Tom Goff's .Net Musings

Tidbits of information regarding .Net, C#, and SQL Server.

COTW: DebuggerHiddenAttribute Class

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The DebuggerHiddenAttribute[^] allows you to “hide” constructors, properties, and methods (herein referred to as class members) from the debugger. This means that if a class member has this attribute applied, then the debugger will not allow the user to step into in that class member. In addition, the debugger will not honor any break points in that class member. There is an small exception to this last point which I will describe later.

In the following console application, I have two methods in addition to Main:

using System;
using System.Diagnostics;

namespace ConsoleApplication1 {
    class Program {
        static void Main(string[] args) {
            SomeMethod();
            SomeOtherMethod();
        }

        static void SomeMethod() {
            for (Int32 i = 0; i < 1000; i++)
                Console.WriteLine(i);
        }

        static void SomeOtherMethod() {
            for (Int32 i = 1000; i < 2000; i++)
                Console.WriteLine(i);
        }

    }
}&#91;/sourcecode&#93;If I set a break point on each method (as shown below) and start debugging the application, then Visual Studio will stop execution on each method as they are called.

<a href="https://tjoe.files.wordpress.com/2007/10/debuggerhiddenattribute_1.png" title="DebuggerHiddenAttribute 1"><img src="https://tjoe.files.wordpress.com/2007/10/debuggerhiddenattribute_1.png" alt="DebuggerHiddenAttribute 1" /></a>

Clearly, this is the expected behavior. Now if we apply the DebuggerHiddenAttribute to one of the methods as shown here:

using System;
using System.Diagnostics;

namespace ConsoleApplication1 {
    class Program {
        static void Main(string[] args) {
            SomeMethod();
            SomeOtherMethod();
        }

        [DebuggerHidden]
        static void SomeMethod() {
            for (Int32 i = 0; i < 1000; i++)
                Console.WriteLine(i);
        }

        static void SomeOtherMethod() {
            for (Int32 i = 1000; i < 2000; i++)
                Console.WriteLine(i);
        }

    }
}&#91;/sourcecode&#93;Now when debugging, Visual Studio will disable the associated break point because the method is "hidden". You can also see below the reason that Visual Studio gives for disabling the break point.

<a href="https://tjoe.files.wordpress.com/2007/10/debuggerhiddenattribute_2.png" title="DebuggerHiddenAttribute 2"><img src="https://tjoe.files.wordpress.com/2007/10/debuggerhiddenattribute_2.png" alt="DebuggerHiddenAttribute 2" /></a>

Using this attribute can make debugging a bit easier. Looking at the code below, assume we set a break point on the PrintMessage call in the Main method and then want to step into the PrintMessage. Without the DebuggerHiddenAttribute on the GetFormat method, we would first step into the GetFormat method. We would then have to step out of GetFormat, then step into PrintMessage. In this example, we know that GetFormat is defect free and would not provide any useful information if it was debugged. So we can safely apply the DebuggerHiddenAttribute.

using System;
using System.Diagnostics;

namespace ConsoleApplication1 {
    class Program {
        static void Main(string[] args) {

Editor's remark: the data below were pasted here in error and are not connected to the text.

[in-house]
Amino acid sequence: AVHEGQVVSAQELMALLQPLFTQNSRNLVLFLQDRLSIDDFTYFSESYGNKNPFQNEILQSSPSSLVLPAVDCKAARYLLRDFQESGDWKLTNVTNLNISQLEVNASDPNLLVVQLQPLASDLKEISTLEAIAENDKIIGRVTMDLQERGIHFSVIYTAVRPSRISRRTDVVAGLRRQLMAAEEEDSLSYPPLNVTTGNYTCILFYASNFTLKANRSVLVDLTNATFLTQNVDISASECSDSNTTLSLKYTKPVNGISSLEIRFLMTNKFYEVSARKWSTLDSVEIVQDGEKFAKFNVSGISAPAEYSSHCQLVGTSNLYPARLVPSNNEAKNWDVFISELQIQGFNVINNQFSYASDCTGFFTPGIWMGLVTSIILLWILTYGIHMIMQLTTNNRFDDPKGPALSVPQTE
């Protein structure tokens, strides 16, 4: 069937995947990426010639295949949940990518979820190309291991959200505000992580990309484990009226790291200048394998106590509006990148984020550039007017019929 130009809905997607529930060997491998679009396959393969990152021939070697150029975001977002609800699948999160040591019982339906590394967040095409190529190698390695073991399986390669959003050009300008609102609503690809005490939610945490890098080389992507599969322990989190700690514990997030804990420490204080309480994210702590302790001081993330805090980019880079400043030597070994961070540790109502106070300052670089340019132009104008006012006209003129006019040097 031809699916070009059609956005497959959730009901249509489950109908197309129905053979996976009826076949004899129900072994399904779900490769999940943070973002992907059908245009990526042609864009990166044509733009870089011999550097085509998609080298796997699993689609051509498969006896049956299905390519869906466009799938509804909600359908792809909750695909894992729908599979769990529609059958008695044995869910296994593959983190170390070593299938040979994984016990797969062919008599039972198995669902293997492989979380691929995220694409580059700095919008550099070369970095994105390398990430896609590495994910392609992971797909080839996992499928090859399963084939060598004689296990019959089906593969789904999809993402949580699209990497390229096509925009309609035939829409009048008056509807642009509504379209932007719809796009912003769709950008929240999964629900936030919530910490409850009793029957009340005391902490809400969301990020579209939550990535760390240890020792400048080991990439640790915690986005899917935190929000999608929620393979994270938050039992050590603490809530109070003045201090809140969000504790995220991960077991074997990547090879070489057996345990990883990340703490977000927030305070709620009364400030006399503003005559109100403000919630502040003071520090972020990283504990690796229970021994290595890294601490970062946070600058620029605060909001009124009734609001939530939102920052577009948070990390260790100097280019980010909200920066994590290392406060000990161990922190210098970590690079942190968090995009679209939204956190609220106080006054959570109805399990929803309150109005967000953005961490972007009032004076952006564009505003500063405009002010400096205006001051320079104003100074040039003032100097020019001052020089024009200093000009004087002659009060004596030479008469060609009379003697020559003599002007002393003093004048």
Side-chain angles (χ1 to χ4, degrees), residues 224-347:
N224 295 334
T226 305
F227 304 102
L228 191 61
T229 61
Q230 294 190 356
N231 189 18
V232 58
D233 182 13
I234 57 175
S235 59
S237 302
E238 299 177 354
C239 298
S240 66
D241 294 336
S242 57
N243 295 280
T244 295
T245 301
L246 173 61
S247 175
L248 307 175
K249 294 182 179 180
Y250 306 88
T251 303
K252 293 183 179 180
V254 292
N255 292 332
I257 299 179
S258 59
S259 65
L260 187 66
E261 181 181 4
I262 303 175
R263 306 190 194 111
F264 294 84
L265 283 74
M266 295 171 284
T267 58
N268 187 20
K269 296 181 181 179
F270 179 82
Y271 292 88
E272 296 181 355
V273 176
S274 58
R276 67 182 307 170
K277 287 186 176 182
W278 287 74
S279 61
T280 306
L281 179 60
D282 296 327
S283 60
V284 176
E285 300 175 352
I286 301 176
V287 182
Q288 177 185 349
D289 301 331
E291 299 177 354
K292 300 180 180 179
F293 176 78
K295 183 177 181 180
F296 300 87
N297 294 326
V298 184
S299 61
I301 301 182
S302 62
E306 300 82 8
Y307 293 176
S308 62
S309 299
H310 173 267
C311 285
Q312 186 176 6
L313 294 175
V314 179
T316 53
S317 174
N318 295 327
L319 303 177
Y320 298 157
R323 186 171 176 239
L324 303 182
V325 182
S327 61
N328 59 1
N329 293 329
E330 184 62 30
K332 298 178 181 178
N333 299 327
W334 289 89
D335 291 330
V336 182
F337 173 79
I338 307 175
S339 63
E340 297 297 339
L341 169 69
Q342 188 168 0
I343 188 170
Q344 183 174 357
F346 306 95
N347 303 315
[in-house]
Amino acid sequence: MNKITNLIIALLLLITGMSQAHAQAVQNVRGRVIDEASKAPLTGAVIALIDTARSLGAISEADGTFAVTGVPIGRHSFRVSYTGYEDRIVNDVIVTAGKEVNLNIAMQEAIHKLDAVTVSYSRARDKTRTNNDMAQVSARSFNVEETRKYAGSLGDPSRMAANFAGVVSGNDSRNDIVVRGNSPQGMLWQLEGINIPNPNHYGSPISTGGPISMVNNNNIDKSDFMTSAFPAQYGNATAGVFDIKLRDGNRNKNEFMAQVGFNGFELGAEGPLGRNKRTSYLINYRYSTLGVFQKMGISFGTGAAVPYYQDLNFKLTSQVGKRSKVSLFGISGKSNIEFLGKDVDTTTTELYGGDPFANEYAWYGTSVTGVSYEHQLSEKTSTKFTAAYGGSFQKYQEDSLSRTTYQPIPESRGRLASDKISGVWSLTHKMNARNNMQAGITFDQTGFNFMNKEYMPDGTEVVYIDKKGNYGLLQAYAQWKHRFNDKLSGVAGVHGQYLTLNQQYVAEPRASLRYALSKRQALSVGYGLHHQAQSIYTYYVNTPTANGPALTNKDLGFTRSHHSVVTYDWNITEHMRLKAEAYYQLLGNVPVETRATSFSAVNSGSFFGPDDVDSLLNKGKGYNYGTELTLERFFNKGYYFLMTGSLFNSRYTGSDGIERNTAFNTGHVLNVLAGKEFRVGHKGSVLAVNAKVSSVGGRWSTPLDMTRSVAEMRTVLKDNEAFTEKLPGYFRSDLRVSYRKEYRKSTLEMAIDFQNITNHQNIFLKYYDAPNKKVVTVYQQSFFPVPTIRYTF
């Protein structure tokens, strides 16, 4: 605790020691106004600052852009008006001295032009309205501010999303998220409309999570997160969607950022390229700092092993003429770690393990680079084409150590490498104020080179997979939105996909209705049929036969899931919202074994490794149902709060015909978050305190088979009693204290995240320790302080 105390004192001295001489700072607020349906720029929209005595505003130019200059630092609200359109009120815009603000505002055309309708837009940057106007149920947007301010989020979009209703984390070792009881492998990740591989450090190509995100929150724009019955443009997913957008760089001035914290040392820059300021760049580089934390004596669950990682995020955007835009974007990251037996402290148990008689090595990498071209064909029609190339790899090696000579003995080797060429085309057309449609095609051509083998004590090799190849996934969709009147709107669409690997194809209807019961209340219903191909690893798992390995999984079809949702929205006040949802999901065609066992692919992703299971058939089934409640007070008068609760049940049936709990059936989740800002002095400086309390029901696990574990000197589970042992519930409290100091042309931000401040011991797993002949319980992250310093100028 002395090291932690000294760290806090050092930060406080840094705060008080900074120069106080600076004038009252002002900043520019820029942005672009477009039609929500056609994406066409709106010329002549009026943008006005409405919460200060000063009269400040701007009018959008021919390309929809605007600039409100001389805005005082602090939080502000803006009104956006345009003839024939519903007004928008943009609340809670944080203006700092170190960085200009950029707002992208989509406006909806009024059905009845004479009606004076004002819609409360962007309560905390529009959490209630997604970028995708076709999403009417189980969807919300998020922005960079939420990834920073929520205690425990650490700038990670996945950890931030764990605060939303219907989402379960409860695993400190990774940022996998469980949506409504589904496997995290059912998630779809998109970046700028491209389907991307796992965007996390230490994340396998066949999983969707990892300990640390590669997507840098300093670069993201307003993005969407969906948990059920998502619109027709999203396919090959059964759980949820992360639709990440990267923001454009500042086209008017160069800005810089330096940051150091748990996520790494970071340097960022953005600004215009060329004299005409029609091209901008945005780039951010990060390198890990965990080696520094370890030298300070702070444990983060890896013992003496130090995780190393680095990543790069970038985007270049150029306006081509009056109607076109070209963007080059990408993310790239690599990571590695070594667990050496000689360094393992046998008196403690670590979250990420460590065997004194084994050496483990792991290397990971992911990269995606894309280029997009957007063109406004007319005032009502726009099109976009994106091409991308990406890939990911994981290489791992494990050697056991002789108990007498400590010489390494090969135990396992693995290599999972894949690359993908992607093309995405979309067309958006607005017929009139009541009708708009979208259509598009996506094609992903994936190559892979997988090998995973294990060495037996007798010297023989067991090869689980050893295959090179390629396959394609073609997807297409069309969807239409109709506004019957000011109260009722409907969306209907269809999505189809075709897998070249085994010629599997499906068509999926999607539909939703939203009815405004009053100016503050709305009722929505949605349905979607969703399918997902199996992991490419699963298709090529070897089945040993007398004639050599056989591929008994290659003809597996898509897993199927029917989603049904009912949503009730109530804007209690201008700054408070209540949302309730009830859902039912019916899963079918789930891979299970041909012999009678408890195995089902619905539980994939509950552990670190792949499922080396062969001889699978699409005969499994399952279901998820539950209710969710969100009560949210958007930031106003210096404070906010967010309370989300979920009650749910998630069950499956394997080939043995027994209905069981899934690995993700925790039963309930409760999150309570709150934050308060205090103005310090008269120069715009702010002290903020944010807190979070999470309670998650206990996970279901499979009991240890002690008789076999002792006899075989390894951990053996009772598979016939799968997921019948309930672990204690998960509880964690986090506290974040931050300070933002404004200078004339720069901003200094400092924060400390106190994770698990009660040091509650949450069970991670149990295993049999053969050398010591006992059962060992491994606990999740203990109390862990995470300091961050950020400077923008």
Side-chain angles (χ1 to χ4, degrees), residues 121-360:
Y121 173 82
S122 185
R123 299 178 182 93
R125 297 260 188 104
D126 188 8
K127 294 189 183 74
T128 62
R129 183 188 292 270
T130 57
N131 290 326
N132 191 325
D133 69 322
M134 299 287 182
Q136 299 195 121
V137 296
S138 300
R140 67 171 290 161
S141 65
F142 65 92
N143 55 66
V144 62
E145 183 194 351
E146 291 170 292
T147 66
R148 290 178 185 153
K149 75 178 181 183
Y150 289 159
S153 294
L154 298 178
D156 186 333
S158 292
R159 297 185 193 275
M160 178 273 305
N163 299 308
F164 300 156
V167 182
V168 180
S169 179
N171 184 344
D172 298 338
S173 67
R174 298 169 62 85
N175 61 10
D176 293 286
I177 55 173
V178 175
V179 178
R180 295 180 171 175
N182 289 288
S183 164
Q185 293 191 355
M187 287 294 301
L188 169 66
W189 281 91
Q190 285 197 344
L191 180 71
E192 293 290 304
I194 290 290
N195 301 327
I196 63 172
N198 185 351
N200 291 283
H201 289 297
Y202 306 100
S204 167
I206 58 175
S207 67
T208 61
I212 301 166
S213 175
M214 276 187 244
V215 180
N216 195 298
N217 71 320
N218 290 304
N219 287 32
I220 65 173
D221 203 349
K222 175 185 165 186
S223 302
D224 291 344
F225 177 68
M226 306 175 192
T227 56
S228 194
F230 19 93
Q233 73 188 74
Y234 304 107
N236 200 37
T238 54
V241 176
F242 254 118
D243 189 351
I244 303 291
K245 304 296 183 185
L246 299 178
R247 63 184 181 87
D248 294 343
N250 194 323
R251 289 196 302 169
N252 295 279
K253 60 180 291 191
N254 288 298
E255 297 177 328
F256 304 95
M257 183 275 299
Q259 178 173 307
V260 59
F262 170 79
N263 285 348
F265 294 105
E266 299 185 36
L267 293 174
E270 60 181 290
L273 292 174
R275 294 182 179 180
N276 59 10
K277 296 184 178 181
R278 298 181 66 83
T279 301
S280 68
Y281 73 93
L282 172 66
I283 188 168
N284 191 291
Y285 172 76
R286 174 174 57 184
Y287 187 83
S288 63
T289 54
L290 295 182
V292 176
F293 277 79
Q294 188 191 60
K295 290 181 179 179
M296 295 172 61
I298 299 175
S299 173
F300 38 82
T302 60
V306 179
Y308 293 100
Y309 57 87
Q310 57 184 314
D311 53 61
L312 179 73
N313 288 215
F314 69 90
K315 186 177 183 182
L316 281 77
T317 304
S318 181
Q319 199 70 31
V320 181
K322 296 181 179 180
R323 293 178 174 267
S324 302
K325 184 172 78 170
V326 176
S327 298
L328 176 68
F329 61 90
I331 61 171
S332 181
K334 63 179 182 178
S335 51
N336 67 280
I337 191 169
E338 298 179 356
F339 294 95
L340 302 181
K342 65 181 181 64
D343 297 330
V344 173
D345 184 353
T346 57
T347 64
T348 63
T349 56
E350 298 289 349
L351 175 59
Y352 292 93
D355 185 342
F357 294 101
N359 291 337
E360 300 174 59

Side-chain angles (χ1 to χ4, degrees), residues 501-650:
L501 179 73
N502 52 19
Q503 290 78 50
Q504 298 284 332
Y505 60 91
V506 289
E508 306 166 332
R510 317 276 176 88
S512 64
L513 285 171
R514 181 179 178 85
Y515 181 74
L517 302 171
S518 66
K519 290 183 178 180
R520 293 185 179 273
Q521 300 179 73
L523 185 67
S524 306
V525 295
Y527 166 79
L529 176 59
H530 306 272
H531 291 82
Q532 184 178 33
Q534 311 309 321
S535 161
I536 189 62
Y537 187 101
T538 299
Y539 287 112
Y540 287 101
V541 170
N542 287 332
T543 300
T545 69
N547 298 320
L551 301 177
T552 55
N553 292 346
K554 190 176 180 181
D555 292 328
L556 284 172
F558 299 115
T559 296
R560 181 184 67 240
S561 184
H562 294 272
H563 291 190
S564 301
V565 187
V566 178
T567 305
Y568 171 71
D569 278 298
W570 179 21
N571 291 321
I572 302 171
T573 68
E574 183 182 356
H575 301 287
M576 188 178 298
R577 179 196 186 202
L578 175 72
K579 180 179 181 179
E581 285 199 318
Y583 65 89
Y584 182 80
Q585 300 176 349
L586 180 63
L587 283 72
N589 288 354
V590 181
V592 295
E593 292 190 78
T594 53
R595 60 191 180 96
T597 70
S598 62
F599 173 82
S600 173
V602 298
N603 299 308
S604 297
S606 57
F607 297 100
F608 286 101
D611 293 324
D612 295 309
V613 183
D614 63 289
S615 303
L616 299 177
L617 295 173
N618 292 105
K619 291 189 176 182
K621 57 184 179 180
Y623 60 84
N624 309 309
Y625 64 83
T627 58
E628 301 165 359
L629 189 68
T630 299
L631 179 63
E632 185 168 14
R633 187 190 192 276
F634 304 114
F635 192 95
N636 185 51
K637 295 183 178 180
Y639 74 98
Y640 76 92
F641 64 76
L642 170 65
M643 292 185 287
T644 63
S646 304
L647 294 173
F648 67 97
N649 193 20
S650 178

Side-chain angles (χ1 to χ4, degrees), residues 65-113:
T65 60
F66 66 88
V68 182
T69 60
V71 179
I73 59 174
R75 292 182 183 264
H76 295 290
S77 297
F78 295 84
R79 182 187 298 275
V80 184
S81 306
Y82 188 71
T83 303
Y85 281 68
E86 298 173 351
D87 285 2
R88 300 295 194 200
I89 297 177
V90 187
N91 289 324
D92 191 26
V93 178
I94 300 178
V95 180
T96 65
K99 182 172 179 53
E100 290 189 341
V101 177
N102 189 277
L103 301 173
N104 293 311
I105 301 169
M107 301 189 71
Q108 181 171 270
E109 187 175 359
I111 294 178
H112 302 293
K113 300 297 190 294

PrintMessage(GetFormat(), "Hello World");
        }

        [DebuggerHidden]
        static String GetFormat() {
            return "MyApp: {0}";
        }

        static void PrintMessage(String format,
            params Object[] args) {
            Console.WriteLine(format, args);
        }
    }
}

When and where to use this attribute can be tricky. If there was a defect in GetFormat (assuming there was more substantial code there), then we would not be able to debug it without removing the DebuggerHiddenAttribute.

In the tool-tip above, Visual Studio implies that if ‘Just My Code’ was disabled then we would be able to step into class members that have the DebuggerHiddenAttribute. Although, in my tests this was not the case. With ‘Just My Code’ disabled, Visual Studio shows the break point as enabled, but it is never hit and I cannot step into the “hidden” method.

If we explicitly tell the debugger to break, using the Debugger.Break[^] method, then Visual Studio will show the call to the method as the current statement. So in the following code, the call to SomeMethod in Main will be highlighted as the current statement and the code after the Debugger.Break call will not be executed yet. If you continue execution, then the code following the Debugger.Break call will be executed.

using System;
using System.Diagnostics;

namespace ConsoleApplication1 {
    class Program {
        static void Main(string[] args) {
            SomeMethod();
            SomeOtherMethod();
        }

        [DebuggerHidden]
        static void SomeMethod() {
            for (Int32 i = 0; i < 1000; i++)                 Console.WriteLine(i);             Debugger.Break();             Console.WriteLine("Some code after the break");         }         static void SomeOtherMethod() {             for (Int32 i = 1000; i < 2000; i++)                 Console.WriteLine(i);         }     } }[/sourcecode]In essence, the code is stopped at the point we called Debugger.Break. Since Visual Studio will not step into the "hidden" method, it moves up the stack to the place where the "hidden" method was called and displays that to the developer. Using the attribute can make debugger easier, but it can also hide important information if it's not used correctly. In general, I have found that simple properties (e.g. ones that simply get or set a field) benefit from this attribute.

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Written by Tom

October 31, 2007 at 9:52 am

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